Why is My Rabbit Biting Me?

Why is My Rabbit Biting Me?

When your rabbit bites you, it can leave you feeling hurt, both physically and emotionally.

You may feel confused and start to wonder – why is my rabbit biting me? If your bunny is biting you often, it will become less enjoyable to spend time together.

You may avoid your pet, for fear of being bitten. You may also worry this aggressive behavior means that you have an aggressive rabbit or that it doesn’t like you. But neither of these are true!

There are lots of reasons why rabbits bite. It is your responsibility to pay attention and address each bite properly. Work out why the biting happened and then how to stop biting from happening again.

This will keep both you and your bunny happy and help your relationship to be happier.

What To Do If Your Rabbit Bites You?

While rabbits look soft and gentle, they can bite surprisingly hard! In nature, wild rabbits have a herbivorous diet and need to be able to chew through a variety of tough things such as roots and branches.

This means wild rabbits naturally have quite a strong and powerful bite.

If a rabbit bites you, it is most likely to occur on your hands or feet. This is because these areas are most accessible to your rabbit. However, a rabbit could bite you anywhere.

Sometimes your rabbit may only nip you very lightly. This may leave a red mark or a small bruise. If this happens, you don’t need to action anything. However, if your rabbit has bitten you hard and drawn blood then you will need to give this proper attention.

The first step is to remain calm and secure your rabbit. If you were holding your rabbit when it bit you, gently place it back into its cage or another enclosed, safe area. You don’t want your rabbit running away or getting injured while you are off tending to your wound.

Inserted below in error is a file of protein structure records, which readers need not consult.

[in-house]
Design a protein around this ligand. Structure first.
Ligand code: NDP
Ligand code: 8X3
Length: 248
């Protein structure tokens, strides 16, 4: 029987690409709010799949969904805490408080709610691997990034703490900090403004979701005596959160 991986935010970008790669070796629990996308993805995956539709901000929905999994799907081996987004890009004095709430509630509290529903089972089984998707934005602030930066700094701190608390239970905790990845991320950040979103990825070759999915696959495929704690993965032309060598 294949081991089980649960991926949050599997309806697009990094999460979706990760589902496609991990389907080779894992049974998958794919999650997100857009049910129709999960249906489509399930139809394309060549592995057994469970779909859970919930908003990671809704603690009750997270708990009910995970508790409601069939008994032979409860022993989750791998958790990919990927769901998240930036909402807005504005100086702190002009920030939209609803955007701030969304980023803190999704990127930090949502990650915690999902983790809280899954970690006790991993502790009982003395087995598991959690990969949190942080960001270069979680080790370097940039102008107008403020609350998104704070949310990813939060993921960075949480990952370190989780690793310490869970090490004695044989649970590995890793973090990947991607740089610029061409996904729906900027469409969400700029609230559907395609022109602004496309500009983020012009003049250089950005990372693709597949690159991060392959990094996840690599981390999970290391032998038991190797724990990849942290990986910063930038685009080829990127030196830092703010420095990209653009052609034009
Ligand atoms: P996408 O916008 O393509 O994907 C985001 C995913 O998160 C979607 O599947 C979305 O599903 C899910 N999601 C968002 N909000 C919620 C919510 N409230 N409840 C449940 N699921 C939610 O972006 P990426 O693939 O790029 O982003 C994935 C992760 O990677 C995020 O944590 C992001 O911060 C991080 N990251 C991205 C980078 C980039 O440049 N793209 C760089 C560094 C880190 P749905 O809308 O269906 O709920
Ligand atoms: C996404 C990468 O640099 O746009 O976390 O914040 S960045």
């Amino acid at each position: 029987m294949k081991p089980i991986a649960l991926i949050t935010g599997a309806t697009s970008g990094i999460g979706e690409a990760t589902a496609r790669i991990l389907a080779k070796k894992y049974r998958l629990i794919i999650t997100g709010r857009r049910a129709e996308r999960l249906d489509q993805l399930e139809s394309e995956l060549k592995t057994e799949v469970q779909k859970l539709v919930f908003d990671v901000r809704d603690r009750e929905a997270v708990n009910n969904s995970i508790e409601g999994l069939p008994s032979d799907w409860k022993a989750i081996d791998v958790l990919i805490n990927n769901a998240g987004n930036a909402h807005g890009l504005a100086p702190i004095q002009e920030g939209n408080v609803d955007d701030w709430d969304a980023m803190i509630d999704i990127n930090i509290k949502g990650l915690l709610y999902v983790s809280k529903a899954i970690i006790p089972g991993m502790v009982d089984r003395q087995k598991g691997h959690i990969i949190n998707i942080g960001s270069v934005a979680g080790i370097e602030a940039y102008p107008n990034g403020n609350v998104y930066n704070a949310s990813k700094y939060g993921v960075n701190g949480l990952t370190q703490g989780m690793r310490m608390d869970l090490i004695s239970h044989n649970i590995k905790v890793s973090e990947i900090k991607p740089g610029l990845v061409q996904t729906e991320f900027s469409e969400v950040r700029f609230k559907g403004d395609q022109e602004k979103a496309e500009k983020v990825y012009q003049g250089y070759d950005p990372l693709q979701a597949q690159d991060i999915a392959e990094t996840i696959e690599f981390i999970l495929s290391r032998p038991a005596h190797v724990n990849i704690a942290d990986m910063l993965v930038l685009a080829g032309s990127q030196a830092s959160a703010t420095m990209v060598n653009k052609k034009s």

What To Do If Your Rabbit Bites You?

What to do when your rabbit bites you

keep your wound clean and check it regularly. If it shows signs of infection, see a doctor.

If you cannot safely move your rabbit without being bitten again, use a towel to pick the rabbit up. This will protect your hands from further injury. Avoid putting your hands anywhere near your rabbit’s head or teeth.

Now that your rabbit is secure, you will need to clean your wound. Wash the wound gently with clean water. To avoid infection, apply a thin layer of disinfectant or antibiotic cream. If your wound is bleeding, apply a band aid.

Over the next few days, keep your wound clean and check it regularly. If it shows signs of infection, see a doctor. You will need to follow these same steps if you are bitten by a guinea pig.

Reasons Rabbits Bite

When your rabbit first bites you, you may take it personally and worry your rabbit hates you. But that isn’t true! There are lots of different reasons rabbits bite.

Rabbits are not naturally aggressive. If your rabbit has bitten you, it is trying to communicate something to you. You may feel like your rabbit is biting you for no apparent reason but this only means you haven’t yet worked out what the reason behind this behavior is.

Listening to your rabbit’s message and working out the real reason behind the biting incident is the first step in working out how to help your rabbit feel secure and prevent it from happening again. You don’t want biting to become a regular occurrence.

If your rabbit is regularly biting you, this will naturally make you want to avoid handling or spending time with it. This can break down your relationship and making owning bunnies a less enjoyable experience.

Reasons Rabbits Bite

Reasons rabbits bite

Regular biting also means your rabbit is unhappy in some way.